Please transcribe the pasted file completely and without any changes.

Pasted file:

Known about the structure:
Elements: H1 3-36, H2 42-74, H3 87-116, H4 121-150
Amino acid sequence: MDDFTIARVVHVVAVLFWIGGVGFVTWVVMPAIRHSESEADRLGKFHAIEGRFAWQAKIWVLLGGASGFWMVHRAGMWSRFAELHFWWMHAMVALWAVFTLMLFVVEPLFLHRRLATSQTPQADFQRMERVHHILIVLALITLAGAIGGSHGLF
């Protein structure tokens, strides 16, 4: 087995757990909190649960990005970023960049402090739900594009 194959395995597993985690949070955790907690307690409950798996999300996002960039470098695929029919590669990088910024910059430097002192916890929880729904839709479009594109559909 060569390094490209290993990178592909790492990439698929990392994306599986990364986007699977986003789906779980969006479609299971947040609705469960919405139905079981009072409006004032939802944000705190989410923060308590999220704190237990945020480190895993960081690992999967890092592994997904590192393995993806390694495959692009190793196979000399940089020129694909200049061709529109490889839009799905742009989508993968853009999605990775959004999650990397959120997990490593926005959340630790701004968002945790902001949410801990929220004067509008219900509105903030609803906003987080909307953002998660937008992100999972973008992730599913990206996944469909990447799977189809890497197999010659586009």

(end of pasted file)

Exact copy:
Known about the structure:
Elements: H1 3-36, H2 42-74, H3 87-116, H4 121-150
Amino acid sequence: MDDFTIARVVHVVAVLFWIGGVGFVTWVVMPAIRHSESEADRLGKFHAIEGRFAWQAKIWVLLGGASGFWMVHRAGMWSRFAELHFWWMHAMVALWAVFTLMLFVVEPLFLHRRLATSQTPQADFQRMERVHHILIVLALITLAGAIGGSHGLF
């Protein structure tokens, strides 16, 4: 087995757990909190649960990005970023960049402090739900594009 194959395995597993985690949070955790907690307690409950798996999300996002960039470098695929029919590669990088910024910059430097002192916890929880729904839709479009594109559909 060569390094490209290993990178592909790492990439698929990392994306599986990364986007699977986003789906779980969006479609299971947040609705469960919405139905079981009072409006004032939802944000705190989410923060308590999220704190237990945020480190895993960081690992999967890092592994997904590192393995993806390694495959692009190793196979000399940089020129694909200049061709529109490889839009799905742009989508993968853009999605990775959004999650990397959120997990490593926005959340630790701004968002945790902001949410801990929220004067509008219900509105903030609803906003987080909307953002998660937008992100999972973008992730599913990206996944469909990447799977189809890497197999010659586009």